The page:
21 Digression: Bottlenecks It is easy to see that the maximum throughput X of a system is reached as 1/? approaches D k for service center k with the highest demand D k. k is called the bottleneck center Overall system throughput is limited by? k when U k approaches 1. Example 1: CPU I/O This job is I/O bound. How much will performance improve if we double the speed of the CPU? Is it worth it? To improve performance, always attack the bottleneck center! S 0 = 1 S 1 = 4 Example 2: CPU S 0 = 4 I/O S 1 = 4 Demands are evenly balanced. Will multiprogramming improve system throughput in this case?

22 Two Schedules for CPU/Disk 1. Naive Round Robin CPU busy 25/37: U = 67% Disk busy 15/37: U = 40% 2. Round Robin with SJF 33% performance improvement CPU busy 25/25: U = 100% Disk busy 15/25: U = 60%

23 Multilevel Feedback Queue Many systems (e.g., Unix variants) implement priority and incorporate SJF by using a multilevel feedback queue. multilevel. Separate queue for each of N priority levels. Use RR on each queue; look at queue i-1 only if queue i is empty. feedback. Factor previous behavior into new job priority. high I/O bound jobs waiting for CPU jobs holding resouces jobs with high external priority GetNextToRun selects job at the head of the highest priority queue. constant time, no sorting low ready queues indexed by priority CPU-bound jobs Priority of CPU-bound jobs decays with system load and service received.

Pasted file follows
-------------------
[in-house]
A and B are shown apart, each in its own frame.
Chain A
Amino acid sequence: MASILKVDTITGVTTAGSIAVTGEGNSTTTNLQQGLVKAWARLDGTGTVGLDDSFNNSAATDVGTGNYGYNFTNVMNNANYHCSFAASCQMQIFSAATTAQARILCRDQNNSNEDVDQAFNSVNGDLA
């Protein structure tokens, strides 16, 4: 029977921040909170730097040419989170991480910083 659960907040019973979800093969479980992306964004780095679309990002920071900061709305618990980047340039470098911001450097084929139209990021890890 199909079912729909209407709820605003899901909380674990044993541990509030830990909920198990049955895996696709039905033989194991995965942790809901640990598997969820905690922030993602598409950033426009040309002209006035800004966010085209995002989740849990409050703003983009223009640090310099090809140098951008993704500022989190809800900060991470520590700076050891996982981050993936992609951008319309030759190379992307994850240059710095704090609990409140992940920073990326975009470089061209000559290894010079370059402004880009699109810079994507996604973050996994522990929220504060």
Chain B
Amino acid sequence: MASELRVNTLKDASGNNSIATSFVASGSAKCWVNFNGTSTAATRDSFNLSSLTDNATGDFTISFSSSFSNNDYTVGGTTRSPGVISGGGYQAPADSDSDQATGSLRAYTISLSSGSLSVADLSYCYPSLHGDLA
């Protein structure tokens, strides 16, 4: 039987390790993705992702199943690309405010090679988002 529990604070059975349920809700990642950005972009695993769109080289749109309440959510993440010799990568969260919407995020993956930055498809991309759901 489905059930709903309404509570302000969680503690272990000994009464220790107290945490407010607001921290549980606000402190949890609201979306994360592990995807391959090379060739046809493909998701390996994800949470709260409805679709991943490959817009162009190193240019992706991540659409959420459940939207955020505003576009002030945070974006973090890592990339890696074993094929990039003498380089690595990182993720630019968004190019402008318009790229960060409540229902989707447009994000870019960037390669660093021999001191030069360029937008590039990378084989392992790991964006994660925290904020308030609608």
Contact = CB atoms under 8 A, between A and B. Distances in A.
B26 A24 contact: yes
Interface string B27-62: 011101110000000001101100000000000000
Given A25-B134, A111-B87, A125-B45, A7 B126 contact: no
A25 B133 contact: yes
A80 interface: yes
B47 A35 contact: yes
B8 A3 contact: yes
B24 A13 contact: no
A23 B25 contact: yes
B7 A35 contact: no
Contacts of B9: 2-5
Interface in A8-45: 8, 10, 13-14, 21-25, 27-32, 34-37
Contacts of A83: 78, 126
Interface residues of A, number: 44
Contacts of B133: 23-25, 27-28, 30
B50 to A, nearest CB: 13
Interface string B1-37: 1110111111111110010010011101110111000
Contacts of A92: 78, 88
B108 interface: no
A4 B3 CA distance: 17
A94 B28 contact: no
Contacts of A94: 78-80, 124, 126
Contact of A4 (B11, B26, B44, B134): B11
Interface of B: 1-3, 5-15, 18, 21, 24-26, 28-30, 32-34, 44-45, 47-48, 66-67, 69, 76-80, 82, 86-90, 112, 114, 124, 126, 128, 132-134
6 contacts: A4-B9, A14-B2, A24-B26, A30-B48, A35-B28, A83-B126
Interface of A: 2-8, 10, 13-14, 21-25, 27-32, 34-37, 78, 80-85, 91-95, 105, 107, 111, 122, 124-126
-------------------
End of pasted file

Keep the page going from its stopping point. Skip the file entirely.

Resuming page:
24 Seeing the Future What if the system has knowledge of future demands on the scheduler? Task arrival times Task service demands Task deadlines (soft/hard real-time, or QoS) Applications may have this knowledge: Servers: request classes, protocol-defined exchanges Regular, periodic tasks Aperiodic events with known processing times How can the scheduler exploit this information? Push policy up, or push knowledge down?

25 Rialto Real-time schedulers must support regular, periodic execution of tasks (e.g., continuous media). Microsoft s Rialto scheduler [Jones97] supports an external interface for: CPU Reservations I need to execute for X out of every Y units. Scheduler exercises admission control at reservation time: application must handle failure of a reservation request. Time Constraints Run this before my deadline at time T; it won t take more than X time units.